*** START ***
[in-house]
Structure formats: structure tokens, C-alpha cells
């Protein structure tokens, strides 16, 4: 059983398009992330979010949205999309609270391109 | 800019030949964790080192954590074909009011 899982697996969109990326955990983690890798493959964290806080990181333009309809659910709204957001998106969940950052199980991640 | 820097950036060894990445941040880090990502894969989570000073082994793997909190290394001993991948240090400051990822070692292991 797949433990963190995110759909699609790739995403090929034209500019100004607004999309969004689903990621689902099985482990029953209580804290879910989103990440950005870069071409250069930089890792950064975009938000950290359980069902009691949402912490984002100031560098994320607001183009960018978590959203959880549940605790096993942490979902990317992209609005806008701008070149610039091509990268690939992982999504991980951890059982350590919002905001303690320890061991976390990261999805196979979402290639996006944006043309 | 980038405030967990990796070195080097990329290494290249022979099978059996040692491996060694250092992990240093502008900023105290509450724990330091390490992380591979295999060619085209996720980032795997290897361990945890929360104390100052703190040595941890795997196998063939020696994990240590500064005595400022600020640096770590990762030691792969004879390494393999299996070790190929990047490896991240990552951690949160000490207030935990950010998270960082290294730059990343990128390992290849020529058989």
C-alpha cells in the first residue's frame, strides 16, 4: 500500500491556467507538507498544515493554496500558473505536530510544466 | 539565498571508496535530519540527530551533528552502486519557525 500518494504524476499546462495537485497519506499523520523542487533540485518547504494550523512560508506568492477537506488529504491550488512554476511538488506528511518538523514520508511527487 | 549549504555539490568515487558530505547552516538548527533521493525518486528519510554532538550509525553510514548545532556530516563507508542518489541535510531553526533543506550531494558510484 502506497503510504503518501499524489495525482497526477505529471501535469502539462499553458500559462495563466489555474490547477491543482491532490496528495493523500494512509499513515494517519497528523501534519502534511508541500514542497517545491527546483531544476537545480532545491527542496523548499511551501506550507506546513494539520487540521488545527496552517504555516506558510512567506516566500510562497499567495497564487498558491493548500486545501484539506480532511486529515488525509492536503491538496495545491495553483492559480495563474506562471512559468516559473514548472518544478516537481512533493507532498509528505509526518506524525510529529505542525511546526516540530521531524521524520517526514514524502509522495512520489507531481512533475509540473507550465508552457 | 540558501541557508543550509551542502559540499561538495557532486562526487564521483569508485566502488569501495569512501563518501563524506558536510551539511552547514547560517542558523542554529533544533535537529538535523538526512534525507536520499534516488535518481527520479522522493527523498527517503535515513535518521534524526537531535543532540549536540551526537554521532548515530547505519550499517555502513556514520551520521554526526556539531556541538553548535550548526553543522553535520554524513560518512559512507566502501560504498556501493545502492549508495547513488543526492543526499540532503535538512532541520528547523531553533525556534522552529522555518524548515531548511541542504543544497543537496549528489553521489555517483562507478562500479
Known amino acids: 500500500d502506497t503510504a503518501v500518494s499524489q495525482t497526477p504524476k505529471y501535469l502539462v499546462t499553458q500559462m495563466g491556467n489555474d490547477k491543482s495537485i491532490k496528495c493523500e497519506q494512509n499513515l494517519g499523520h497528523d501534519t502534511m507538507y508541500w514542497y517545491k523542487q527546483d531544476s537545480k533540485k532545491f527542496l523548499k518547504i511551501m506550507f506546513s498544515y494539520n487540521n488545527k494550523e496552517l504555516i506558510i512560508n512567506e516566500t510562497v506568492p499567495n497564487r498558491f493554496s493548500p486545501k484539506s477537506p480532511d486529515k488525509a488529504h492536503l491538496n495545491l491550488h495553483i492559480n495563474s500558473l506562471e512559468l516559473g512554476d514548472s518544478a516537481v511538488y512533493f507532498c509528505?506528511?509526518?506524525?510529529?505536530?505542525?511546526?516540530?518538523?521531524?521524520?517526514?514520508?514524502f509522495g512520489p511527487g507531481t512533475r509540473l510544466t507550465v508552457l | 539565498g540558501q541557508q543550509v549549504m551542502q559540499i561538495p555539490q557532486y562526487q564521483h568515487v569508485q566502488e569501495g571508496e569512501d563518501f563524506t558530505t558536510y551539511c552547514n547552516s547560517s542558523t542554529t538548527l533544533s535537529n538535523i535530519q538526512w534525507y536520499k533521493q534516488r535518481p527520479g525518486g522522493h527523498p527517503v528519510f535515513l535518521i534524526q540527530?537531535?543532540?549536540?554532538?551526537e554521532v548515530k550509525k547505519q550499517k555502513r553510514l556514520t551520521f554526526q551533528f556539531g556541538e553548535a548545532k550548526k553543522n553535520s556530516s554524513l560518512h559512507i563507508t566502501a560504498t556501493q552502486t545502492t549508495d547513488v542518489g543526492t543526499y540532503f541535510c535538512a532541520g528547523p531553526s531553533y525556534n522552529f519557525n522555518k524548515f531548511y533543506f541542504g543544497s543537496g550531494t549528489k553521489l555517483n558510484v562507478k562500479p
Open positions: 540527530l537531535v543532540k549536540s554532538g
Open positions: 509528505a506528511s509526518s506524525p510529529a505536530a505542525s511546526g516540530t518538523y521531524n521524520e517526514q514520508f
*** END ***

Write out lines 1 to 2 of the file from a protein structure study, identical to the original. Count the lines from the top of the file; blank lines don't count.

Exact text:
[in-house]
Structure formats: structure tokens, C-alpha cells